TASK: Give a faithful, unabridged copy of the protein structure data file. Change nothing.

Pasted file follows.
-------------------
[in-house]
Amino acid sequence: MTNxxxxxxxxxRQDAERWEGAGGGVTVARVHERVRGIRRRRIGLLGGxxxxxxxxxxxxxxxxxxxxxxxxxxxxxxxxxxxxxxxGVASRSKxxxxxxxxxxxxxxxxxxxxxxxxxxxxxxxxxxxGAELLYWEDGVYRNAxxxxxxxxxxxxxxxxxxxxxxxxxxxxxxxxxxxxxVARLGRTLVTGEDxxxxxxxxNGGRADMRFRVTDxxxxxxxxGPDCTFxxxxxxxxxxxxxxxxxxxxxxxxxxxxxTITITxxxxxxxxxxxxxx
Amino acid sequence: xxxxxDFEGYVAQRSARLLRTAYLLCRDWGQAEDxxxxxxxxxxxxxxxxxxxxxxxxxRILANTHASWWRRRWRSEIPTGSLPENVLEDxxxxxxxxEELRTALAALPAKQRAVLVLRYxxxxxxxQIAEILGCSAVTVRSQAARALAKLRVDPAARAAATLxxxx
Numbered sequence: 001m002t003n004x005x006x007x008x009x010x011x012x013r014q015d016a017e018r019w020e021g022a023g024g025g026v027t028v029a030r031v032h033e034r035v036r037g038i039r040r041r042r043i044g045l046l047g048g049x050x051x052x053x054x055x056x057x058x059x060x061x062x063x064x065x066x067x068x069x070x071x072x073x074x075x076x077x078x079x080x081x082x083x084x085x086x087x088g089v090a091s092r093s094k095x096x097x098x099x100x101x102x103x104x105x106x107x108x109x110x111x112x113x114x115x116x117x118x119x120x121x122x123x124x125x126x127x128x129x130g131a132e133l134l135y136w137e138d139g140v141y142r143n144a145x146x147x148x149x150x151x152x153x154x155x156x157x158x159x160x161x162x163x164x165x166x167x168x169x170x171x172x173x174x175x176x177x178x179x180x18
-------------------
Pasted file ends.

[in-house]
Amino acid sequence: MTNxxxxxxxxxRQDAERWEGAGGGVTVARVHERVRGIRRRRIGLLGGxxxxxxxxxxxxxxxxxxxxxxxxxxxxxxxxxxxxxxxGVASRSKxxxxxxxxxxxxxxxxxxxxxxxxxxxxxxxxxxxGAELLYWEDGVYRNAxxxxxxxxxxxxxxxxxxxxxxxxxxxxxxxxxxxxxVARLGRTLVTGEDxxxxxxxxNGGRADMRFRVTDxxxxxxxxGPDCTFxxxxxxxxxxxxxxxxxxxxxxxxxxxxxTITITxxxxxxxxxxxxxx
Amino acid sequence: xxxxxDFEGYVAQRSARLLRTAYLLCRDWGQAEDxxxxxxxxxxxxxxxxxxxxxxxxxRILANTHASWWRRRWRSEIPTGSLPENVLEDxxxxxxxxEELRTALAALPAKQRAVLVLRYxxxxxxxQIAEILGCSAVTVRSQAARALAKLRVDPAARAAATLxxxx
Numbered sequence: 001m002t003n004x005x006x007x008x009x010x011x012x013r014q015d016a017e018r019w020e021g022a023g024g025g026v027t028v029a030r031v032h033e034r035v036r037g038i039r040r041r042r043i044g045l046l047g048g049x050x051x052x053x054x055x056x057x058x059x060x061x062x063x064x065x066x067x068x069x070x071x072x073x074x075x076x077x078x079x080x081x082x083x084x085x086x087x088g089v090a091s092r093s094k095x096x097x098x099x100x101x102x103x104x105x106x107x108x109x110x111x112x113x114x115x116x117x118x119x120x121x122x123x124x125x126x127x128x129x130g131a132e133l134l135y136w137e138d139g140v141y142r143n144a145x146x147x148x149x150x151x152x153x154x155x156x157x158x159x160x161x162x163x164x165x166x167x168x169x170x171x172x173x174x175x176x177x178x179x180x18